Among Obama and his advisers, however, there was never a sense that the United States would end its military relationship with either country, or that either country would be completely peaceful, said Derek Chollet, who served as the assistant secretary of defense for international security affairs in the Obama administration from 2012-15. Instead, they were focused on enacting practical policy because they believed the missions Obama inherited were unsustainable.
“In retrospect, some of the language of ending war, the tide of war receding, statements along those lines, did present a more black-or-white picture than actually exists or anyone intended,” added Chollet, now executive vice president at the German Marshall Fund.
Evaluating the promises as Obama plainly said them — pledging in 2008 to “end the war in Iraq” and in 2012 to “end the war in Afghanistan” — it is clear he was unable to fulfill those goals.
Iraq: a retreat, then a return
When Obama entered office in 2009, he immediately put the wheels in motion to ratchet back U.S. involvement in Iraq, where about 150,000 troops were deployed.
Iraq at that time had a veneer of calm. Violence was down, and divides among Shia and Sunni Muslims appeared to be on the mend. Experts largely credited the 2007 “surge” of more than 20,000 U.S. troops under Bush for keeping the peace.
Obama inherited an agreement to remove American troops from Iraq by the end of 2011, which the Bush administration had signed with Iraqi Prime Minister Nouri al-Maliki in late 2008. Obama and his advisers didn’t necessarily want to pull all troops out of Iraq by that deadline; they expected to pronounce the war over while leaving some forces behind for peacekeeping and training Iraqi soldiers.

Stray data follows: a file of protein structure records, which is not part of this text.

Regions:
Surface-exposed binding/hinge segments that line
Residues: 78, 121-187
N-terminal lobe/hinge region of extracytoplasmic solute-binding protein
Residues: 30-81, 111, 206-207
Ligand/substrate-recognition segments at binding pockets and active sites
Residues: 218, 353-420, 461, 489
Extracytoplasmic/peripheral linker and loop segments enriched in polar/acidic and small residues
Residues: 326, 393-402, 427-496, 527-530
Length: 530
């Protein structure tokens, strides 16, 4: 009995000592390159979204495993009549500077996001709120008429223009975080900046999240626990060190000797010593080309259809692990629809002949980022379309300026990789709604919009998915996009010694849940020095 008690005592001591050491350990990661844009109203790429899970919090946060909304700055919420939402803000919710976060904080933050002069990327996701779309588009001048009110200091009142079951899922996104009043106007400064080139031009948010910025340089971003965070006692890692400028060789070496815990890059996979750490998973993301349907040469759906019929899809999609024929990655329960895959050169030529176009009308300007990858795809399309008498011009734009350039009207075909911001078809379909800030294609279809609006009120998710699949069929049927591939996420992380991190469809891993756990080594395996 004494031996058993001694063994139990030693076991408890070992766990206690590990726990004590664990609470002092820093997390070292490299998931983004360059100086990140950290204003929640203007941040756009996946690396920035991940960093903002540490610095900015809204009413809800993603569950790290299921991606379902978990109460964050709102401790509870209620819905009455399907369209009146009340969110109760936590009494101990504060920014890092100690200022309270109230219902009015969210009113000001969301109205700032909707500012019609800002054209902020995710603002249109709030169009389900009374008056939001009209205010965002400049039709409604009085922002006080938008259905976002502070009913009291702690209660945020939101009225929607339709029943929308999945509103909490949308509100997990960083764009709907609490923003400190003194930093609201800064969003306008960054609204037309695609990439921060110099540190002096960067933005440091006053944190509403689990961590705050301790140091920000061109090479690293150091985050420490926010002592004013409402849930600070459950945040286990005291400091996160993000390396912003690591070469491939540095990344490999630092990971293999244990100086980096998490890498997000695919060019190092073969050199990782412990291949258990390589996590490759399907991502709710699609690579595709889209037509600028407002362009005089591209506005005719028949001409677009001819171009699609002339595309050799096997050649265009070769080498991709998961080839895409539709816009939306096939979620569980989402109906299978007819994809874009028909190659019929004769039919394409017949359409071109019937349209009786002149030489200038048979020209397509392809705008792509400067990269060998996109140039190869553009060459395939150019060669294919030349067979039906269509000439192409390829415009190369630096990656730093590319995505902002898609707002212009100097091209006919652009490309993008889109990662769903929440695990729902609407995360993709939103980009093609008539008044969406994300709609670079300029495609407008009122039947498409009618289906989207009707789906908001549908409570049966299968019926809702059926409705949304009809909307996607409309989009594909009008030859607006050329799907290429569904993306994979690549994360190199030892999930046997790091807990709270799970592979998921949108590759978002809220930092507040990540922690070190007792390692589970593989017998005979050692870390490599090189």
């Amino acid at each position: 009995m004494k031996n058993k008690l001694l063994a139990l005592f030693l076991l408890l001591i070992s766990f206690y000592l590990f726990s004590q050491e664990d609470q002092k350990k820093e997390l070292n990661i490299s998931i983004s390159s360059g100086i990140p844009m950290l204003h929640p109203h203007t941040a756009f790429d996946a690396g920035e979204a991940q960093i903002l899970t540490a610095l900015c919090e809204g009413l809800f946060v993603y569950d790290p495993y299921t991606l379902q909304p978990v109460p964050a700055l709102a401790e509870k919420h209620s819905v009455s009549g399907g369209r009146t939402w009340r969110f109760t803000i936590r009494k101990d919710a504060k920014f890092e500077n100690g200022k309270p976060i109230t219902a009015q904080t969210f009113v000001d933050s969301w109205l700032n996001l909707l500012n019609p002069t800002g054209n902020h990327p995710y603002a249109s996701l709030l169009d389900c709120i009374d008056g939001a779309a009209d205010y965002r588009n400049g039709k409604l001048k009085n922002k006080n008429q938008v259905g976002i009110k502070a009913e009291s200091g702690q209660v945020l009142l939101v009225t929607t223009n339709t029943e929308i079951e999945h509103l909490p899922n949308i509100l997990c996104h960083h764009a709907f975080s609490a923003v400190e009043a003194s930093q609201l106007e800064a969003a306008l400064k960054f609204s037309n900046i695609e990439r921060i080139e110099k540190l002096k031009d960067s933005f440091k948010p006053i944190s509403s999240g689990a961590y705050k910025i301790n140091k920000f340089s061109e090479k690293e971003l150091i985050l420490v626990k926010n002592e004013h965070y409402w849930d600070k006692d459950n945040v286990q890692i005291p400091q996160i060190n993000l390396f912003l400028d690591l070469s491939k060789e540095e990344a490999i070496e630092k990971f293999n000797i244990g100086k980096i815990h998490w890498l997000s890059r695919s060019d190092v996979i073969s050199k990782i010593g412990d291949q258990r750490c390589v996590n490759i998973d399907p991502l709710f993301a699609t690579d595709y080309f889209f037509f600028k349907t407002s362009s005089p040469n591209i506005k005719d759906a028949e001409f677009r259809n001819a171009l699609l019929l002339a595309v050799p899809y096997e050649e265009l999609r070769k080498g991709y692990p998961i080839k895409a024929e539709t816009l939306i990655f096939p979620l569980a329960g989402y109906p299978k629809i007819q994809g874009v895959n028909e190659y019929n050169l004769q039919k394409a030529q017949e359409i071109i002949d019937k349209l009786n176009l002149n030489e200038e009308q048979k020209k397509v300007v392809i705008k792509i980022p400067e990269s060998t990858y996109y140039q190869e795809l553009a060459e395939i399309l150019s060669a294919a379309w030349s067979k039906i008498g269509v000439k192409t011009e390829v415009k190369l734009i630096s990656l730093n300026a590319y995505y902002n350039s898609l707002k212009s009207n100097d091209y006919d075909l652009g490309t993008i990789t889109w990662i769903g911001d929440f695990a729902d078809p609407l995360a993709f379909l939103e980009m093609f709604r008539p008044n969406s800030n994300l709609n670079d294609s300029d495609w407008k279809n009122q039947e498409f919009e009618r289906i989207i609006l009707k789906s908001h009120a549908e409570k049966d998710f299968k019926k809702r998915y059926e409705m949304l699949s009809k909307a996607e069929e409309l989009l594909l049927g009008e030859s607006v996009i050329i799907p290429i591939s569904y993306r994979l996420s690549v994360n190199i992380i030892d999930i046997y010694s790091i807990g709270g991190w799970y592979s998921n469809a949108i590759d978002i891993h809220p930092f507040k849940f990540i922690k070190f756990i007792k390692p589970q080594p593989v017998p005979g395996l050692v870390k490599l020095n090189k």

Obama tried to renegotiate the agreement. The two sides bickered over details such as legal immunity for U.S. soldiers, a condition Obama wanted to go through Iraqi parliament. Maliki wouldn’t agree, and the negotiations failed.
Obama ultimately adhered to the deadline set out in Bush’s agreement, and the last convoy of U.S. troops left Iraq in December 2011. Obama cast the moment as a success.
“The end of war in Iraq reflects a larger transition,” Obama said in an October 2011 statement. “The tide of war is receding. The drawdown in Iraq allowed us to refocus our fight against al-Qaida and achieve major victories against its leadership — including Osama bin Laden.”